2010-06-09 / Features

Garden Players Bring ‘Monsters’ To Forest Hills

By Alena Gerst Dailey

Click to view more photosClick to view more photos“Community” is one of the first words that come to mind as the original Garden Players production, “We Are Monsters” is about to begin.  With Betina Hershey Russo at the helm of the GPs as artistic director, producer, director, choreographer, lyricist, writer, and teacher, the Garden Players continue to flourish.  What Hershey Russo admittedly undertook as an experiment seven years ago has now become not only an intrepid adventure of creating an annual full scale original musical for kids, but for Hershey Russo it has also become her “home”. 
This home created together by Hershey Russo and her long time collaborator/co-writer/composer/music director, and fellow teacher Denver Casado, and, of course, the kids, has never been more apparent than in “We Are Monsters”.  Hershey Russo and Casado work carefully to cultivate each actor’s unique talents, creating their roles with specific children in mind.  And GP shows are never without a dash of social commentary; all the more hilarious, and poignant, when coming from children playing square-dancing werewolves, mummies who are afraid of the dark, corpse brides lamenting their “almost husbands”, a three-headed monster that is a “clique of 2”, and vegetarian vampires.  And, of course, a handful of humans disguised as monsters.
The personality prize goes to the vampires, who try not to show their thirst for blood as they sing the praises of vegetables, belting out their song “We Love Lettuce”.   While the vampires get hungry when they sense the presence of “true human blood”, they don’t indulge on the advice of their therapists.  Later in the show the vampires lament their fangs always getting in the way as they consider “fang enhancements”.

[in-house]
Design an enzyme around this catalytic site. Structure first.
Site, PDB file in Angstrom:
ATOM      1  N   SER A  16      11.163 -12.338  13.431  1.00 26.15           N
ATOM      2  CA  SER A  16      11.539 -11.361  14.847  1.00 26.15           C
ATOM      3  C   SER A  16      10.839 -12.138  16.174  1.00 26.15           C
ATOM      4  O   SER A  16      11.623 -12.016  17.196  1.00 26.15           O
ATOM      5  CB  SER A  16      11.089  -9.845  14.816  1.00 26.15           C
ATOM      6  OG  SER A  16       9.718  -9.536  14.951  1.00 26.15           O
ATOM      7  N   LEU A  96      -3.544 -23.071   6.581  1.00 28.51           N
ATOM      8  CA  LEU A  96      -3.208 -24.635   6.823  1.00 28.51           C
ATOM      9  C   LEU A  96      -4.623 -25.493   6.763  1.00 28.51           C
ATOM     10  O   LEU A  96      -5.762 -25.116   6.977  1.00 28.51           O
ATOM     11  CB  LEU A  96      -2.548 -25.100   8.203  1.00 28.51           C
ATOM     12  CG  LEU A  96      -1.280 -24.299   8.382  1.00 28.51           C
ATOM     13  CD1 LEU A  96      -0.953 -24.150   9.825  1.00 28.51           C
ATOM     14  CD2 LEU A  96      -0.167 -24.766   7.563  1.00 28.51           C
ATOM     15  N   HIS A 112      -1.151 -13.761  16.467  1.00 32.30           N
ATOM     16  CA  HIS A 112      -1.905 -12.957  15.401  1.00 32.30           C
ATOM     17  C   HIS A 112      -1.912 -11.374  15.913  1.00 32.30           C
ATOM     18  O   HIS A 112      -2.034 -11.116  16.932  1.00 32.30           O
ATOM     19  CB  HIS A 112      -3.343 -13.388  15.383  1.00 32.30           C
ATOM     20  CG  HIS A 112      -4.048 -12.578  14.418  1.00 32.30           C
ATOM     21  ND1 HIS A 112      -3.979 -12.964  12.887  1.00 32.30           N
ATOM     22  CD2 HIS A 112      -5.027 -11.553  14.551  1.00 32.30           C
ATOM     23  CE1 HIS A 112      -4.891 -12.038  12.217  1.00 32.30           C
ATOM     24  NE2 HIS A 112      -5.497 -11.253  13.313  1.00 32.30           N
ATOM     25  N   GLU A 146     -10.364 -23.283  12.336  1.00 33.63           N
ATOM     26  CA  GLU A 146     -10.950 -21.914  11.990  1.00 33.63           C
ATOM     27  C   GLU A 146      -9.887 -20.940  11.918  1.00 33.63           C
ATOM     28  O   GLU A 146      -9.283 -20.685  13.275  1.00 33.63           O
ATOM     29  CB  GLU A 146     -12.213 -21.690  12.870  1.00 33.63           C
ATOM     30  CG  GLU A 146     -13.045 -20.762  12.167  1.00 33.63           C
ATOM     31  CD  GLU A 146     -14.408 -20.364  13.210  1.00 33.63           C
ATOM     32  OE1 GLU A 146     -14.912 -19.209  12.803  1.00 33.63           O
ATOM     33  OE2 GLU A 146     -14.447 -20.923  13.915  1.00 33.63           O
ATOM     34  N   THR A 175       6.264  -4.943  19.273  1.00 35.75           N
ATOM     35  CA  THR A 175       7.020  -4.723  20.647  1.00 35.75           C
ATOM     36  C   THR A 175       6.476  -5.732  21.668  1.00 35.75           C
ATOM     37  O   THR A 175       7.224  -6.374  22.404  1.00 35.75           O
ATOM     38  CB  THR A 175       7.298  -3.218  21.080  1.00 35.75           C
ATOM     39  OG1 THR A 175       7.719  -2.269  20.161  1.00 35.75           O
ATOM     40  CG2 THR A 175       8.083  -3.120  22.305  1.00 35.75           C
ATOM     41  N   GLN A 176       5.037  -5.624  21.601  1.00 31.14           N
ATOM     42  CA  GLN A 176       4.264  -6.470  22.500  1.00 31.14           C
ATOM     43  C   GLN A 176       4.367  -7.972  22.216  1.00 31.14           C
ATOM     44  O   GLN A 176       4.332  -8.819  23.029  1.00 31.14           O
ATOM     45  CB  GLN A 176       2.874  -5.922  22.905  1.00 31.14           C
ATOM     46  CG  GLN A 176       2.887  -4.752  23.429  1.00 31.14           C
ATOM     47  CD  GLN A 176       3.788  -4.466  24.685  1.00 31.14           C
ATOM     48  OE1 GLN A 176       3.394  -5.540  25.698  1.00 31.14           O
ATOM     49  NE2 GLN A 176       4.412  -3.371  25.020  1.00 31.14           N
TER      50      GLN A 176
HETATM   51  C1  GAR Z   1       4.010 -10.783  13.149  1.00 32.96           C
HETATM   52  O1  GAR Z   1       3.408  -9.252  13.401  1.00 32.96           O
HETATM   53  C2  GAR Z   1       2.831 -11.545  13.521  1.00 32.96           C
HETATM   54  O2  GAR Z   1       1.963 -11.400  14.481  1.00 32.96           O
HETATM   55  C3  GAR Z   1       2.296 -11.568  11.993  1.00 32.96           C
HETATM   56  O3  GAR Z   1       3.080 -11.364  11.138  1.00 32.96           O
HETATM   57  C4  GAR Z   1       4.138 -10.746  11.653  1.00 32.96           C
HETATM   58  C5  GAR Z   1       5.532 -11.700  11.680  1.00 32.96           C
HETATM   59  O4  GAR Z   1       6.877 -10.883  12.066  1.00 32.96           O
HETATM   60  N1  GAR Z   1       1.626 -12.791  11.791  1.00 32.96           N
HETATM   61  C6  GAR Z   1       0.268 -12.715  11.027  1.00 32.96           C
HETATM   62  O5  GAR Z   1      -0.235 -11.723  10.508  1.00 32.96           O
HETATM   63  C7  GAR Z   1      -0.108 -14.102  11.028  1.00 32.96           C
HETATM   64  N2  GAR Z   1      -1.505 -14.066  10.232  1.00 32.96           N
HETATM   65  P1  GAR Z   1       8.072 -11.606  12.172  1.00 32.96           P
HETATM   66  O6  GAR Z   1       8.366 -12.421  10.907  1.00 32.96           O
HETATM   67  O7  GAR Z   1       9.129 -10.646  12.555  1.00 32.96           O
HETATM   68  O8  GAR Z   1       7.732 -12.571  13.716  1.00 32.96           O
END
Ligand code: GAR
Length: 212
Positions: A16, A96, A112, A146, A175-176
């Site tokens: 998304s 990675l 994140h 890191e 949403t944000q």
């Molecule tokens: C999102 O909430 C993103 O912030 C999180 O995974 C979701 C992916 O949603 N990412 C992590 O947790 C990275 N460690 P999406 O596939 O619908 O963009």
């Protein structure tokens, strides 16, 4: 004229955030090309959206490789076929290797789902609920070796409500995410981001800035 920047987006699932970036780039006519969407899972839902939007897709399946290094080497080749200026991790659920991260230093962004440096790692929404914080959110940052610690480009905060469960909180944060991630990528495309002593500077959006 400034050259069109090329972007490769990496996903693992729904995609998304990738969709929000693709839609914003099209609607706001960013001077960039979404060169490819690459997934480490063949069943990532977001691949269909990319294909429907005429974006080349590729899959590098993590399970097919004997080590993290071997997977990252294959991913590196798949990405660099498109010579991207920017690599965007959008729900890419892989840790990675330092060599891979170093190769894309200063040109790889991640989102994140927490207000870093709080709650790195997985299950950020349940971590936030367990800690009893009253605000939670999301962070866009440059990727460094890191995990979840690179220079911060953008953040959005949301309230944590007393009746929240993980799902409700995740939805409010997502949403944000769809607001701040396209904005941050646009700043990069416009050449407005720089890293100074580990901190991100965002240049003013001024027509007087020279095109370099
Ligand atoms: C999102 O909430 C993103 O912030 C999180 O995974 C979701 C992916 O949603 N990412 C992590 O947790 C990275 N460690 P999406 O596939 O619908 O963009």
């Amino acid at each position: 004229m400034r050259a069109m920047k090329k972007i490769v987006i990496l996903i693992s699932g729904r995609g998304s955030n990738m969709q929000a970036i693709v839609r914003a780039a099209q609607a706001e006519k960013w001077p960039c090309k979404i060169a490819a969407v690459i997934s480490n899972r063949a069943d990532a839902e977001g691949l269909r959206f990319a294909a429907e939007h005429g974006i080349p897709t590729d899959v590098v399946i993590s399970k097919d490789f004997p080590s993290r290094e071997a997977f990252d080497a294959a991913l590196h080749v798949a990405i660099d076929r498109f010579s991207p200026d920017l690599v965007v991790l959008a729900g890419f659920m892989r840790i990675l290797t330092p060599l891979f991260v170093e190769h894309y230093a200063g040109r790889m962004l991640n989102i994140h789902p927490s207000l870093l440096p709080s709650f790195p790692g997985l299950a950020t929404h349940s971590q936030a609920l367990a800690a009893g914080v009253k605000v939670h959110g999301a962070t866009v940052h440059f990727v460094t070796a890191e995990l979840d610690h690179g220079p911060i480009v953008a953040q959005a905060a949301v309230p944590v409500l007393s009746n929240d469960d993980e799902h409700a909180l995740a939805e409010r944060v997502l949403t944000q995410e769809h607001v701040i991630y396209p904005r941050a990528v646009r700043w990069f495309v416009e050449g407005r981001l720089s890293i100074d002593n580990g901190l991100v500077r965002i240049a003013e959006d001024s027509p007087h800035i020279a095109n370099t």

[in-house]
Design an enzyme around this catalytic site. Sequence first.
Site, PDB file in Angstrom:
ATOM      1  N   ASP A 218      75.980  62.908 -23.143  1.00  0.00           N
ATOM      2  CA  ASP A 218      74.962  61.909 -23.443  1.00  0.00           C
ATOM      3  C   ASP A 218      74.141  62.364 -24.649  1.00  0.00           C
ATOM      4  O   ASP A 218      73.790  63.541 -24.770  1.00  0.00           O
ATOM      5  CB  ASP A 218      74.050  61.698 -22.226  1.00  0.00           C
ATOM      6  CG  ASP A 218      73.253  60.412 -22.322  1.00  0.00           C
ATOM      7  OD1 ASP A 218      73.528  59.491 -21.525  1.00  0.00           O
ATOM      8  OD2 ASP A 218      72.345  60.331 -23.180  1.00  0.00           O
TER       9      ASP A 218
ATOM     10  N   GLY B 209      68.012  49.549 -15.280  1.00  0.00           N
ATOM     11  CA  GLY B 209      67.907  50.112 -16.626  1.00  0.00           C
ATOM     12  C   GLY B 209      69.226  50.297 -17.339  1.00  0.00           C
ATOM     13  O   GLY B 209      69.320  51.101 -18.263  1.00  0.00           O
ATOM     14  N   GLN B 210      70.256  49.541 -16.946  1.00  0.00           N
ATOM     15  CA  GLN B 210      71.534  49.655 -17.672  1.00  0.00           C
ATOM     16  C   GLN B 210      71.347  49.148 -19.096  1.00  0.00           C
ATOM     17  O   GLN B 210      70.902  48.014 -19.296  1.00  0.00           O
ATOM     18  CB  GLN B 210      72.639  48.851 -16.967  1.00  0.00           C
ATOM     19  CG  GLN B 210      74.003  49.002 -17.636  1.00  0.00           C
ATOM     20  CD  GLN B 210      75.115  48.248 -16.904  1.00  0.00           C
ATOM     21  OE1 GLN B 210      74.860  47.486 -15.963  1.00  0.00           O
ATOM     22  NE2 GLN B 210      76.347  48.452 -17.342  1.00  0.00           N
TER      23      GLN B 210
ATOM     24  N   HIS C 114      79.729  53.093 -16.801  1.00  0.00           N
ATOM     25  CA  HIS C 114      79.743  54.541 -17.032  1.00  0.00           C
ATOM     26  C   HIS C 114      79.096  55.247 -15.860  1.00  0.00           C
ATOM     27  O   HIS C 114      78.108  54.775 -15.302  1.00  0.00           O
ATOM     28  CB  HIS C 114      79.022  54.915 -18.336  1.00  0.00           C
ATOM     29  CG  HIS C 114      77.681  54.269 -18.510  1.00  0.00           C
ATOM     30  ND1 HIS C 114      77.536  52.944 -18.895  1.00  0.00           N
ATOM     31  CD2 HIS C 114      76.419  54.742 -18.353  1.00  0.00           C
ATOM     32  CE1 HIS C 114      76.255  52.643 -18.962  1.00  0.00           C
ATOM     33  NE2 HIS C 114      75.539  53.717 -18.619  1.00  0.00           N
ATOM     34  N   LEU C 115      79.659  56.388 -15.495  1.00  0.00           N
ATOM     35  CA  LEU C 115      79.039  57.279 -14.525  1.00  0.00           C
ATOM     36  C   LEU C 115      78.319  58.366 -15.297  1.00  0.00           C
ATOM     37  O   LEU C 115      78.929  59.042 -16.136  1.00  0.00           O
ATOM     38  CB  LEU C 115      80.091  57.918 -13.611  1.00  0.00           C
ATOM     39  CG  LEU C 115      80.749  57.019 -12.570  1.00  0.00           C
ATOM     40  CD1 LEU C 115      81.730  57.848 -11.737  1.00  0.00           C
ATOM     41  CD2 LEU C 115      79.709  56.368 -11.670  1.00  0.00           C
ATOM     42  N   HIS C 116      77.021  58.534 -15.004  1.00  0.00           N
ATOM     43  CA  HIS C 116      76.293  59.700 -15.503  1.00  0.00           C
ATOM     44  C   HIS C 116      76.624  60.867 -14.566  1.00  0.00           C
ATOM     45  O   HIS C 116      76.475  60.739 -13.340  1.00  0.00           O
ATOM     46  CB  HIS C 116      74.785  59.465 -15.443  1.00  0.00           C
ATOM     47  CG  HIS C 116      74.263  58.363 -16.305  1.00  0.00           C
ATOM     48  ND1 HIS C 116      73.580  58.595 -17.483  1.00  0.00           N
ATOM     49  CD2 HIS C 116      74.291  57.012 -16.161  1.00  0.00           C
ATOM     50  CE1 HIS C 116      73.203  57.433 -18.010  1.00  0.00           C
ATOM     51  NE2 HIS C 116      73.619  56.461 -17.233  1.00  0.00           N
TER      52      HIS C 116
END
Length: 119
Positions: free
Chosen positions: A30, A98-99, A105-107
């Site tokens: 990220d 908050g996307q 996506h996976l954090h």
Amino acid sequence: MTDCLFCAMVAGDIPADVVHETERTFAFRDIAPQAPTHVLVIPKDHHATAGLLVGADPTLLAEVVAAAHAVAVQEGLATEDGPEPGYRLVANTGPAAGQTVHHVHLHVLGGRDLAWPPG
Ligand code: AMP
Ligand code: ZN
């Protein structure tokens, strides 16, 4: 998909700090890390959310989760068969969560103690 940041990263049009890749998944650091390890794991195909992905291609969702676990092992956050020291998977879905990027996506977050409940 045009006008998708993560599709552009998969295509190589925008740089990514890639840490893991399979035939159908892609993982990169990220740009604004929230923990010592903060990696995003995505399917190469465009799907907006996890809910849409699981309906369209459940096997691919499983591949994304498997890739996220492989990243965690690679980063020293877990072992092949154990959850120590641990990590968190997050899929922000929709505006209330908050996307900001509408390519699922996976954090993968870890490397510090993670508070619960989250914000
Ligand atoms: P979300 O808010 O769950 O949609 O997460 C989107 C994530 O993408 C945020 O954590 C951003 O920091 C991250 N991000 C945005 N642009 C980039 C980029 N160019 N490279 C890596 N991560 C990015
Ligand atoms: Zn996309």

And where else but in a GP show will mummies sing a jazzy tune as they divulge their fear of darkness?  Corpse brides sing six-part harmonies about their lost loves, werewolves show off their howling chops with abandon and obvious fun in their “Howl-Off”. The three-headed monster paid homage to vaudevillian humor, singing tight three-part harmonies while joined at the hips, and the lonely Oozy Lumpa sang a heartfelt power ballad as actress Kelsy Hor sings her swan song after growing up a Garden Player.  The showstopper of the night was “Stand Up and Fight”, as all 59 monsters expressed their horror to learn that actual humans were in the audience.
And let’s not forget the expedition crew of five humans in disguise who learn about, and potentially reveal, monster secrets, in spite of werewolf allergies and secret monster friendships.  In the end, humans and monsters come together to honor their differences and appreciate their similarities.  Or did they?  Hershey Russo and Casado end the show on a high note but with an ironic twist, as we never truly know whether the humans’ motives changed, humans being tricky as they are.
Only the creators know what’s in store for next year’s show, a “Monsters” sequel, perhaps?  Whatever it may be, audiences can be assured that it will be priceless for its wit and charm, social commentary, life lessons, and for Hershey Russo and professional musician and resident GP band member Nick Russo, maybe even a touch of observations on new parenthood.  As Hershey has said, with the Garden Players, she has come home.  Photos Yolanta Perkins

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